Date of Award
Master of Science (MS)
Mary Anne Taylor
The study examined the relationship between degree of leisure seriousness and leisure, job, and life satisfaction, as moderated by perceived job mental workload. Serious leisure has largely been studied in reference to general life satisfaction and health outcomes, and less research exists to examine whether serious leisure participation may influence work. This study tested the following hypothesis: the relationship between serious leisure participation and employee well-being is moderated by mental workload on the job, such that a) as mental workload increases, then serious leisure participation and satisfaction will be less strongly positively correlated, and b) as mental workload decreases, then serious leisure participation and satisfaction will be more strongly positively correlated. Participants completed Gould’s Serious Leisure Inventory on their most frequently pursued leisure activity, the NASA Task Load Index on characteristics of their employment and chosen activity, and the Leisure Satisfaction Scale, short form Minnesota Satisfaction Questionnaire, and the Satisfaction with Life Scale to respectively measure leisure, job, and life satisfaction. The results shed light on the conditions with which serious leisure can be pursued to enhance well-being, both to inform individuals on how to improve their health and on the nature of resources organizations ought to invest in.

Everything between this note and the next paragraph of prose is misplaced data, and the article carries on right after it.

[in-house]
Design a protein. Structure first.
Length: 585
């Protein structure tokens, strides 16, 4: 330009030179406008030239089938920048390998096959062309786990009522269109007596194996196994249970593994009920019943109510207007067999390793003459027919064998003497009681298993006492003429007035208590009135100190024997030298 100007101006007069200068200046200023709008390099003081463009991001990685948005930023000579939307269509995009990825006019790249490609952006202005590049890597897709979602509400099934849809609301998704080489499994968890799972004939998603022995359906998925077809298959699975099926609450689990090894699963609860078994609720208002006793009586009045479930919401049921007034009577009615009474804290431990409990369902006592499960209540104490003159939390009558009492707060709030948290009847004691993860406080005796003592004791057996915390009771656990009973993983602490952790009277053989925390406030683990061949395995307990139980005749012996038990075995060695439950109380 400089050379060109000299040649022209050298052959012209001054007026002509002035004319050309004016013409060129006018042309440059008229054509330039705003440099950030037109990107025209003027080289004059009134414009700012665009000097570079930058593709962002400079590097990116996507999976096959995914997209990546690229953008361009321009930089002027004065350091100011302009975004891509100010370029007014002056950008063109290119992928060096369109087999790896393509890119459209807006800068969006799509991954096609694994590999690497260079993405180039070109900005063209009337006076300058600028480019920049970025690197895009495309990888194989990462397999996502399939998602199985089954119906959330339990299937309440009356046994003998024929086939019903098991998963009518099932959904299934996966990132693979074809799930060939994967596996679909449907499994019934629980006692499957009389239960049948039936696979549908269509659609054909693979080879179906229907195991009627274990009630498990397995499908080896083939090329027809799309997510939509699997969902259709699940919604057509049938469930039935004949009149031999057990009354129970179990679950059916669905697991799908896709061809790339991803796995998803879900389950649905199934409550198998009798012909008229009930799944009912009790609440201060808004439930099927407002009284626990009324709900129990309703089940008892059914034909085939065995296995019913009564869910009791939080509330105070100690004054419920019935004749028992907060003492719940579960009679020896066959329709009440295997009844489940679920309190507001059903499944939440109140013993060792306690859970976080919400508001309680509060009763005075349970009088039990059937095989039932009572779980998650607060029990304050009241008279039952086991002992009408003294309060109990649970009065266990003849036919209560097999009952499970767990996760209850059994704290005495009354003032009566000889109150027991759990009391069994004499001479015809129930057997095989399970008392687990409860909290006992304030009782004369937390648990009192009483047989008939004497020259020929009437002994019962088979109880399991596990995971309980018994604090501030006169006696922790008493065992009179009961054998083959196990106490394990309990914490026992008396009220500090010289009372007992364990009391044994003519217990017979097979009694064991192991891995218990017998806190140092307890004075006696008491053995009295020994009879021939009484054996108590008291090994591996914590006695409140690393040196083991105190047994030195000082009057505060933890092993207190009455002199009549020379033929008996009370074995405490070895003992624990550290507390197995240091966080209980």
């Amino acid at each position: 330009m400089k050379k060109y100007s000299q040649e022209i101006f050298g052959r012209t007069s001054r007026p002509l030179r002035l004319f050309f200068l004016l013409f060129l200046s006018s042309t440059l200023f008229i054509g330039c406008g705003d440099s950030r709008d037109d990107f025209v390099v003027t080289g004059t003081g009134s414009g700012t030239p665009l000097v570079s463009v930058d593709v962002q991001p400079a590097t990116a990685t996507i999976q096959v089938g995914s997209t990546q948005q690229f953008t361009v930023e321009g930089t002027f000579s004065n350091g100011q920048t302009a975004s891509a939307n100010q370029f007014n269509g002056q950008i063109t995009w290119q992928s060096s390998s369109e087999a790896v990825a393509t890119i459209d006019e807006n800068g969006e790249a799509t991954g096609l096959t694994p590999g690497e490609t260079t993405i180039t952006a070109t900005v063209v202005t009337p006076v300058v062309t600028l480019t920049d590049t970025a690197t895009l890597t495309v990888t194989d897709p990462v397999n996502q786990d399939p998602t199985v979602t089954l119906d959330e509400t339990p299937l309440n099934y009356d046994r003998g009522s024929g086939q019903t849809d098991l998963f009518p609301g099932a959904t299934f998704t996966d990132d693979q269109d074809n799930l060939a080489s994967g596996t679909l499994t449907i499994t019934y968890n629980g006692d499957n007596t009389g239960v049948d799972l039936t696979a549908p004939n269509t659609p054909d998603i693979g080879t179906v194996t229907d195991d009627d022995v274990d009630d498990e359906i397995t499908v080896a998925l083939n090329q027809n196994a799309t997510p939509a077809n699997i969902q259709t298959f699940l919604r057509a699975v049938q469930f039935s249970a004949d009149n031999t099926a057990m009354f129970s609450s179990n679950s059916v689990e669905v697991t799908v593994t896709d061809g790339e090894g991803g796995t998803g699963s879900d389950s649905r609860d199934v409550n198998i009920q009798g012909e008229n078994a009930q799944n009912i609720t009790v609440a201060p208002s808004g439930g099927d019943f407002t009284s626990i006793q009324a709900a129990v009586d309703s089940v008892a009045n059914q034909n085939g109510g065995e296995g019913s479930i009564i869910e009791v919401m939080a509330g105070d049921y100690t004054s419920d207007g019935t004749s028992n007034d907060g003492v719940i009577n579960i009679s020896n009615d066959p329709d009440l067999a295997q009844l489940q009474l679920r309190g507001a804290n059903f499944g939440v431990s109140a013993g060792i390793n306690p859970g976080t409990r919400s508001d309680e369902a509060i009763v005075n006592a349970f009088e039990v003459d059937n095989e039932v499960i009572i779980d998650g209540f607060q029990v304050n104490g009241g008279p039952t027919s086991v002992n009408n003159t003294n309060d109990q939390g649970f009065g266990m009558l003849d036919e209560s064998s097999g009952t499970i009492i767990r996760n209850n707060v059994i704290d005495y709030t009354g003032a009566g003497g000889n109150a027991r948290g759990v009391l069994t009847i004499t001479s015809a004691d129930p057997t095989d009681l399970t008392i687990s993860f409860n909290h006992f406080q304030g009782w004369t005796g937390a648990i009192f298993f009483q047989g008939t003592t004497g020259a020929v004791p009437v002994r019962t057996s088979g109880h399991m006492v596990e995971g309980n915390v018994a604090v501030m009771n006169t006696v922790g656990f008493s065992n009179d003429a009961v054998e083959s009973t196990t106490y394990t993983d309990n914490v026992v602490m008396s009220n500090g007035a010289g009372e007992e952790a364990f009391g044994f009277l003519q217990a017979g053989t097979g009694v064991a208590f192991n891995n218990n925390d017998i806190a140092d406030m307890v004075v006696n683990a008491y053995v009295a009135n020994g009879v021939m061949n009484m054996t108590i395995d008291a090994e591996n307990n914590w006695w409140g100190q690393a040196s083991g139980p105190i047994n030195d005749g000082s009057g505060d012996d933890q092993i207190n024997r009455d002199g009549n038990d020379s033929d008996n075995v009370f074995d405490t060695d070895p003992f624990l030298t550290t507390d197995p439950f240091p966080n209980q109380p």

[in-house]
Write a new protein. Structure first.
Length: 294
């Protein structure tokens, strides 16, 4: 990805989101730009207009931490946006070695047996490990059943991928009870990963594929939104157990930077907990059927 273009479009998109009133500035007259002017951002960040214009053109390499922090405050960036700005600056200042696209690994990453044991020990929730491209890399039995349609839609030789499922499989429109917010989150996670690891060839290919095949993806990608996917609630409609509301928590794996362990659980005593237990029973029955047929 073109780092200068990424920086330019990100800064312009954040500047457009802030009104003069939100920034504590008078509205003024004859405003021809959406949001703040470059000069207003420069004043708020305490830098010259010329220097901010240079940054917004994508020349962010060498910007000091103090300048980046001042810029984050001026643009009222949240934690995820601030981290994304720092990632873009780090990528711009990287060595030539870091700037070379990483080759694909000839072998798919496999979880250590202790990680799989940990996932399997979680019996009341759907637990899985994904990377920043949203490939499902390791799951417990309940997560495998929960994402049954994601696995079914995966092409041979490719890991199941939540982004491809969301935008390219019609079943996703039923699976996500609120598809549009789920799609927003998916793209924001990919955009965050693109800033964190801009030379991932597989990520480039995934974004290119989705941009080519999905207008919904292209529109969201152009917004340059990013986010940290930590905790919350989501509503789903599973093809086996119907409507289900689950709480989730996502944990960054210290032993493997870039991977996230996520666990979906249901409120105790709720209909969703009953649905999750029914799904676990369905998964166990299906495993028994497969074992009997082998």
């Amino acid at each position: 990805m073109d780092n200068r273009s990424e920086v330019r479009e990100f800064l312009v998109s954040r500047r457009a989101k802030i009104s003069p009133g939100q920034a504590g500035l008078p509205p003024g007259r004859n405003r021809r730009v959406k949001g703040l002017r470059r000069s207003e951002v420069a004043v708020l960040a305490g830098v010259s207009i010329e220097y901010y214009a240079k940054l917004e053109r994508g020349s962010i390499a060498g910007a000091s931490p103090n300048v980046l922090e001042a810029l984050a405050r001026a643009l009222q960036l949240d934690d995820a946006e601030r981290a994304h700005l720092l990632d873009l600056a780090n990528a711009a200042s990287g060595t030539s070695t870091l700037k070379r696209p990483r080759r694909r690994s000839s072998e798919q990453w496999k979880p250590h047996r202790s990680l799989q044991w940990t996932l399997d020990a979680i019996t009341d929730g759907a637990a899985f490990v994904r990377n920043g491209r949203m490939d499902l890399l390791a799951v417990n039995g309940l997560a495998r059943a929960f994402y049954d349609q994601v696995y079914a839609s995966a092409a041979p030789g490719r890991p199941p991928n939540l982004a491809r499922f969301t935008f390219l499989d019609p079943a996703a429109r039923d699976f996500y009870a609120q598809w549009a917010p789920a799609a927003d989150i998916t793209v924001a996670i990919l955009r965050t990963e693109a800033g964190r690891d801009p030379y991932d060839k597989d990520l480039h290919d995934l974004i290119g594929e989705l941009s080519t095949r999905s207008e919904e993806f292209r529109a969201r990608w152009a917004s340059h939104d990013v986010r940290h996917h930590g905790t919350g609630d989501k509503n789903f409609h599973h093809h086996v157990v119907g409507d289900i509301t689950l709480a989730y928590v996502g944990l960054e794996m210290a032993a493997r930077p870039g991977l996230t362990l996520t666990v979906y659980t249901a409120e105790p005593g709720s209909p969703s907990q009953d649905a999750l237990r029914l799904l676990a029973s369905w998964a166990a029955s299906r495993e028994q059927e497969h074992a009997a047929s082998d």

Matsick, Carson, "Serious Leisure, Job Task Load, & Satisfaction" (2022). All Theses. 3924.